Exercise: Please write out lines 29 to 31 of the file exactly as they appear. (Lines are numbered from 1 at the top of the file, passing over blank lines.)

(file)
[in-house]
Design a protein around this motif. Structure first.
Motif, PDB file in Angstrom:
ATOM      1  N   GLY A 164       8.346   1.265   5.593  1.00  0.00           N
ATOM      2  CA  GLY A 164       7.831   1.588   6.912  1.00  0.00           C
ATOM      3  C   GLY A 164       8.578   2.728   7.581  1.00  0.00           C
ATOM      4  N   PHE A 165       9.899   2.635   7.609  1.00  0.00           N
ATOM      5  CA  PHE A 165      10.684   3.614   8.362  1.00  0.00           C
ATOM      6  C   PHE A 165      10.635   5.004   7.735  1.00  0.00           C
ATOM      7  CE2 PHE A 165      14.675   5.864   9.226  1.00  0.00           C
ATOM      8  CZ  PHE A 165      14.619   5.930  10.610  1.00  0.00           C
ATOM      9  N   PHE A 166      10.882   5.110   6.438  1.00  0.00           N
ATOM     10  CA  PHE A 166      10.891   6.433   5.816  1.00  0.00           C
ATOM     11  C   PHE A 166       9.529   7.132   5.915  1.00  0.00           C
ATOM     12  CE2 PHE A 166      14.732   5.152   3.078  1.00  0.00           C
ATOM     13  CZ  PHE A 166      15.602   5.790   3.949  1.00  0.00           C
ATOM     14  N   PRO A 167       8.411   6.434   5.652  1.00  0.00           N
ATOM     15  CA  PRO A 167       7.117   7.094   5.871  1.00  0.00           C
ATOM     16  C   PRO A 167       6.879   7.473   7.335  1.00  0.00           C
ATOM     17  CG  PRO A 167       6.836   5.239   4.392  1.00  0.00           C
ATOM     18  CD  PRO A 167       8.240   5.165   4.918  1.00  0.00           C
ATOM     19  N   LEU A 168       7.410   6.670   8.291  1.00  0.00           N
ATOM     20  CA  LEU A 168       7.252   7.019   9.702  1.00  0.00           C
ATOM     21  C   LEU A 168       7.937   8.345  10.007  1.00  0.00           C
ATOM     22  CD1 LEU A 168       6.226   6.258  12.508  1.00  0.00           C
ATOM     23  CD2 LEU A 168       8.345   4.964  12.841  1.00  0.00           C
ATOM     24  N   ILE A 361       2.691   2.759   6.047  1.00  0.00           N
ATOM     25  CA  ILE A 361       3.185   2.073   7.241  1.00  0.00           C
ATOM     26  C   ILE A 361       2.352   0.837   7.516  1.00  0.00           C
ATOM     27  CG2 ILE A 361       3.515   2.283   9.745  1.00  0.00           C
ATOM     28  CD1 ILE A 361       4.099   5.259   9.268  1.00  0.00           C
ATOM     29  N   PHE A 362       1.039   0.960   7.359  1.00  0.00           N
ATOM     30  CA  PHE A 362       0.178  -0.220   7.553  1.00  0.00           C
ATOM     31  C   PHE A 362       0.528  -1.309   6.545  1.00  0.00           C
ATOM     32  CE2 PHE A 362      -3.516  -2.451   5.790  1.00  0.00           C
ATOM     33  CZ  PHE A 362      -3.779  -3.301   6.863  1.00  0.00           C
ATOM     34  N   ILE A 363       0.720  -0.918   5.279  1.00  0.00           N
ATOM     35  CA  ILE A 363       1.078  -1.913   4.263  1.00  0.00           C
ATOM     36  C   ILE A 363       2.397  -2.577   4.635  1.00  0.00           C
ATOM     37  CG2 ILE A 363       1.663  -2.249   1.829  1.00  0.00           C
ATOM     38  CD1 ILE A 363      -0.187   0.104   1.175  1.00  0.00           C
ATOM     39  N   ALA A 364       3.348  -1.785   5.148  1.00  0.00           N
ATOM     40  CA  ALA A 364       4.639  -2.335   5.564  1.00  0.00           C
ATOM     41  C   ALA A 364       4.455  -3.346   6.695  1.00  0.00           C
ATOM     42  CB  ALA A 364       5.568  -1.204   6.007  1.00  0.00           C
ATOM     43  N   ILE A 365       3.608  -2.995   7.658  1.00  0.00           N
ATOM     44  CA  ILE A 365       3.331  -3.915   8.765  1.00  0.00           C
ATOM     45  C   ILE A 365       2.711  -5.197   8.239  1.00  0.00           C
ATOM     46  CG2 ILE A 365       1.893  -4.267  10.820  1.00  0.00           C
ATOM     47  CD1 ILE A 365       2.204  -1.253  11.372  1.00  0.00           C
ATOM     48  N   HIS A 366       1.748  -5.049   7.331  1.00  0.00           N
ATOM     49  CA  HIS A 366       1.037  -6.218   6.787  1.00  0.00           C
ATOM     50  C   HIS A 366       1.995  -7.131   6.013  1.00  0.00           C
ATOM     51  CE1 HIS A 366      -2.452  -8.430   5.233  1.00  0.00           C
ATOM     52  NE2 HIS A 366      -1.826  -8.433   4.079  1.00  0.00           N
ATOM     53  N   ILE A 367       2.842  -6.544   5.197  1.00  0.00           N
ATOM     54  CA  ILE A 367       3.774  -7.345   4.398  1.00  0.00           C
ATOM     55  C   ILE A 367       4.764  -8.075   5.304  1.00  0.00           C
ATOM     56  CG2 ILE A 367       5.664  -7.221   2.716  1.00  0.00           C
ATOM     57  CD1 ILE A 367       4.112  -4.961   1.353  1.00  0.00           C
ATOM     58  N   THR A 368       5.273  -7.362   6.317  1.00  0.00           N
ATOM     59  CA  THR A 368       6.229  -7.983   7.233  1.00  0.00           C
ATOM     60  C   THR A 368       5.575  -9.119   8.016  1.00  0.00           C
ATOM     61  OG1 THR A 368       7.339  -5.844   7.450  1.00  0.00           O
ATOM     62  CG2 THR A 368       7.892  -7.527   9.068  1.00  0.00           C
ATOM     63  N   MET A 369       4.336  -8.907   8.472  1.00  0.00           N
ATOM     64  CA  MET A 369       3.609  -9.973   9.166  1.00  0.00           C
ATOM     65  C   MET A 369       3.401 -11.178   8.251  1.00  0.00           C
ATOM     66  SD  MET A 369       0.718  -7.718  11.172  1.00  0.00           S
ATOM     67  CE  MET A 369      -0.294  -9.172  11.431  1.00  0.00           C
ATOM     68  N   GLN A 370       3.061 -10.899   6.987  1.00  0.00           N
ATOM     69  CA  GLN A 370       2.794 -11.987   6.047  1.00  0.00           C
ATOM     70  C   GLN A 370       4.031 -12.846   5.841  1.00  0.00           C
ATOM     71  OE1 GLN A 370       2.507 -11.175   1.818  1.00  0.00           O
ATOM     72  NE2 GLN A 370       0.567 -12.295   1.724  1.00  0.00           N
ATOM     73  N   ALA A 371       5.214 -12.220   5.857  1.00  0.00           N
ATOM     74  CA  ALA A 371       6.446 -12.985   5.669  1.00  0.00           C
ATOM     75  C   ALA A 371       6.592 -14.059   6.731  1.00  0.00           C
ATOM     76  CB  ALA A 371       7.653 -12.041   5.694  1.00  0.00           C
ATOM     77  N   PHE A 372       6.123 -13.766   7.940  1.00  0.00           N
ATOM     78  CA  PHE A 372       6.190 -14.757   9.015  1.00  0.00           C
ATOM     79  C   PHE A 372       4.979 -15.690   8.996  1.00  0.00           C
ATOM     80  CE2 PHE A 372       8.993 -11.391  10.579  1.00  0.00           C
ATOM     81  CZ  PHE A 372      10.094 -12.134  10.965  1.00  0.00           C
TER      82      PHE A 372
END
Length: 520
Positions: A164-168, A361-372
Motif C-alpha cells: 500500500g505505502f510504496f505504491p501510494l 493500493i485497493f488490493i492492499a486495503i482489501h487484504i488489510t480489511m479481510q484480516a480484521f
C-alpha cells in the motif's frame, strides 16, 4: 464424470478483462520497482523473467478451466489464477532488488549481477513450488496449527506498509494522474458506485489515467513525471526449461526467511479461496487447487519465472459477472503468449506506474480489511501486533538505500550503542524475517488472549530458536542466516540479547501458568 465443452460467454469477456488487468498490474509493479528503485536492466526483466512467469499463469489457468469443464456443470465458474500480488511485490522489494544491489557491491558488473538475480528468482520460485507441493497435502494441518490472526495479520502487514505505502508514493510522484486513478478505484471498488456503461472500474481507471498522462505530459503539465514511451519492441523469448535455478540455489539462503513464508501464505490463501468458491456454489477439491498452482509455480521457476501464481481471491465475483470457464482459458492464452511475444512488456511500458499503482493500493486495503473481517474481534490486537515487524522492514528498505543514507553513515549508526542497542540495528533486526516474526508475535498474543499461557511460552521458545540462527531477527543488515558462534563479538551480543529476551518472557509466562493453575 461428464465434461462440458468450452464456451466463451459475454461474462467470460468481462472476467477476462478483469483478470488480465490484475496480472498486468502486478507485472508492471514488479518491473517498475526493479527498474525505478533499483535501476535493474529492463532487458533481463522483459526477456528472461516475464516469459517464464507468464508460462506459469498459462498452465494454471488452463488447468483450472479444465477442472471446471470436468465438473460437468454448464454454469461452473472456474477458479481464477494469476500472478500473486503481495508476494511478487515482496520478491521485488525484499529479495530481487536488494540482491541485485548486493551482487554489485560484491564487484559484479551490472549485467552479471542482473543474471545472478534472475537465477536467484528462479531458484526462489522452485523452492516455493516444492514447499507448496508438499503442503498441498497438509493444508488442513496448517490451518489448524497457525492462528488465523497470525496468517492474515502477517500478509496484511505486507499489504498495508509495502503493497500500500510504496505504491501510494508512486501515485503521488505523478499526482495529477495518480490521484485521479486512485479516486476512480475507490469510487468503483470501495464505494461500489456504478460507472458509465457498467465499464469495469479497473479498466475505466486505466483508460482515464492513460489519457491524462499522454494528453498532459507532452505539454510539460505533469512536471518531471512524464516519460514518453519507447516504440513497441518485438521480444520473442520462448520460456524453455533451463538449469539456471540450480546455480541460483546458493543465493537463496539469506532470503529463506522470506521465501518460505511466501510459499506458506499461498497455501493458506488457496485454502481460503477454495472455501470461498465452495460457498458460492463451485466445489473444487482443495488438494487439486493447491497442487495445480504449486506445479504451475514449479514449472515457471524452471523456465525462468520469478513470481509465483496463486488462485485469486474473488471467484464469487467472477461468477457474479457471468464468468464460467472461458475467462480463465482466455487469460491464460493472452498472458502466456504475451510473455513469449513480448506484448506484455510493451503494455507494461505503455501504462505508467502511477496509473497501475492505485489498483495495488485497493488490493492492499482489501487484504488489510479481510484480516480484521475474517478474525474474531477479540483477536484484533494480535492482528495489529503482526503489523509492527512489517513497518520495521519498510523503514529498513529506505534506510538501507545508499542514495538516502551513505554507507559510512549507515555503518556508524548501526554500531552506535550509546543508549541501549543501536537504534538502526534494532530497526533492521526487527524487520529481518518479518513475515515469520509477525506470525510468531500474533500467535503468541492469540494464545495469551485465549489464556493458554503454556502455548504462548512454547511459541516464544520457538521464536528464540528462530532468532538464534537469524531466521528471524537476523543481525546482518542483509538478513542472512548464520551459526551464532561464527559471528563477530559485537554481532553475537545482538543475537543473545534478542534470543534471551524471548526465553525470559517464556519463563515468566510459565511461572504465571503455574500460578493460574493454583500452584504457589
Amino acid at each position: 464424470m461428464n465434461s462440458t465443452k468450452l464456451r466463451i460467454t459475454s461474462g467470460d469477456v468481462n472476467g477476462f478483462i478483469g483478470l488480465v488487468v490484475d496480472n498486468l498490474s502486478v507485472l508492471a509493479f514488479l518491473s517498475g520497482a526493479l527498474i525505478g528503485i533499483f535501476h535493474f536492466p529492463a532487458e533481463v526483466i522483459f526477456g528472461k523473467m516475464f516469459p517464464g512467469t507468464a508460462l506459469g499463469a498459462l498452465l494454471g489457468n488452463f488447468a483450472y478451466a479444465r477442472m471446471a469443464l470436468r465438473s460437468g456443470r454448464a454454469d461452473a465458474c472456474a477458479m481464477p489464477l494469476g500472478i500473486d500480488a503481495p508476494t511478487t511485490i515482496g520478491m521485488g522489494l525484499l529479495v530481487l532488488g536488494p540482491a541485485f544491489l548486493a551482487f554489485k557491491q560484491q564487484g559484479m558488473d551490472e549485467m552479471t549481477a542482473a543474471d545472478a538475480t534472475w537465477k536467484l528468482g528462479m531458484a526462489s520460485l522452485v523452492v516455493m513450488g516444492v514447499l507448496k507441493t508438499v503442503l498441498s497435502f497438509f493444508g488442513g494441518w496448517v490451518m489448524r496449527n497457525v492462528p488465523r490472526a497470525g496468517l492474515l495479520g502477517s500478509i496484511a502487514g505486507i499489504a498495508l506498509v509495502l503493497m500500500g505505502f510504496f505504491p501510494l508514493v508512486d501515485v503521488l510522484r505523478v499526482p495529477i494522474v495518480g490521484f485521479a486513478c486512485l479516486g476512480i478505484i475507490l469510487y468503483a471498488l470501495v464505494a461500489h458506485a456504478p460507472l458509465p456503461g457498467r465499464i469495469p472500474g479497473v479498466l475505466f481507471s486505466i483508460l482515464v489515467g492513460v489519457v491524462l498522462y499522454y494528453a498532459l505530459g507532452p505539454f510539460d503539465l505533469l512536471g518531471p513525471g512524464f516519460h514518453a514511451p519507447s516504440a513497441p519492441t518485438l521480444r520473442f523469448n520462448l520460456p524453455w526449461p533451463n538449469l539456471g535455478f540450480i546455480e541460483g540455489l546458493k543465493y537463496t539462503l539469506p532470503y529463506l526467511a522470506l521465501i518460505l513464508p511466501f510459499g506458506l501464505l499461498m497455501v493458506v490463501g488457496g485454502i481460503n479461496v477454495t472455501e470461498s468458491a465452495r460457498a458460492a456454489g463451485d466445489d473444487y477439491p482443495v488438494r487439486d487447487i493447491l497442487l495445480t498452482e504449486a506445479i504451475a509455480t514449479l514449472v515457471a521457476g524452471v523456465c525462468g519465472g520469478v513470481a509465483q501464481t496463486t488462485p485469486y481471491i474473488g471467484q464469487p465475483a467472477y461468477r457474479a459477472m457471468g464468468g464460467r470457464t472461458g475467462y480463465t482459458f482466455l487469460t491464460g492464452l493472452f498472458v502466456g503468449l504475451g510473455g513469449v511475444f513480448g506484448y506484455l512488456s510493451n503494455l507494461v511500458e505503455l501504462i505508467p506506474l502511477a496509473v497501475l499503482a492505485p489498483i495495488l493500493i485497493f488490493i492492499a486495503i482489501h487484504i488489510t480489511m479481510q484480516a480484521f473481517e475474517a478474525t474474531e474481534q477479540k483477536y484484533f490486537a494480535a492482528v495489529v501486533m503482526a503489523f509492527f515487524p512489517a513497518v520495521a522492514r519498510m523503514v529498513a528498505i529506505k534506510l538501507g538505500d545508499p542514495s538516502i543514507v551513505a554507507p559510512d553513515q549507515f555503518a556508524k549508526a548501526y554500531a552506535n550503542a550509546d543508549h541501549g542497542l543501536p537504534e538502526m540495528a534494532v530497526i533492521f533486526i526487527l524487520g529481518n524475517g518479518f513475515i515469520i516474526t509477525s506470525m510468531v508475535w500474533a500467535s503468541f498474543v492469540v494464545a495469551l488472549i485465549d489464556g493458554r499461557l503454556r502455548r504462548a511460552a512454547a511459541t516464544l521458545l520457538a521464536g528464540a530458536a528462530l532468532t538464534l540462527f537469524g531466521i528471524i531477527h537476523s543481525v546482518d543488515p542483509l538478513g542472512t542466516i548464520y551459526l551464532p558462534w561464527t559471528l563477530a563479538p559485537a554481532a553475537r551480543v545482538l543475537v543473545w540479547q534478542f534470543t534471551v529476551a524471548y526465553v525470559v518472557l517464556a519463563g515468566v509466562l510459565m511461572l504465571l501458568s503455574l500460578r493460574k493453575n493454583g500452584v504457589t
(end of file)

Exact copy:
ATOM     26  C   ILE A 361       2.352   0.837   7.516  1.00  0.00           C
ATOM     27  CG2 ILE A 361       3.515   2.283   9.745  1.00  0.00           C
ATOM     28  CD1 ILE A 361       4.099   5.259   9.268  1.00  0.00           C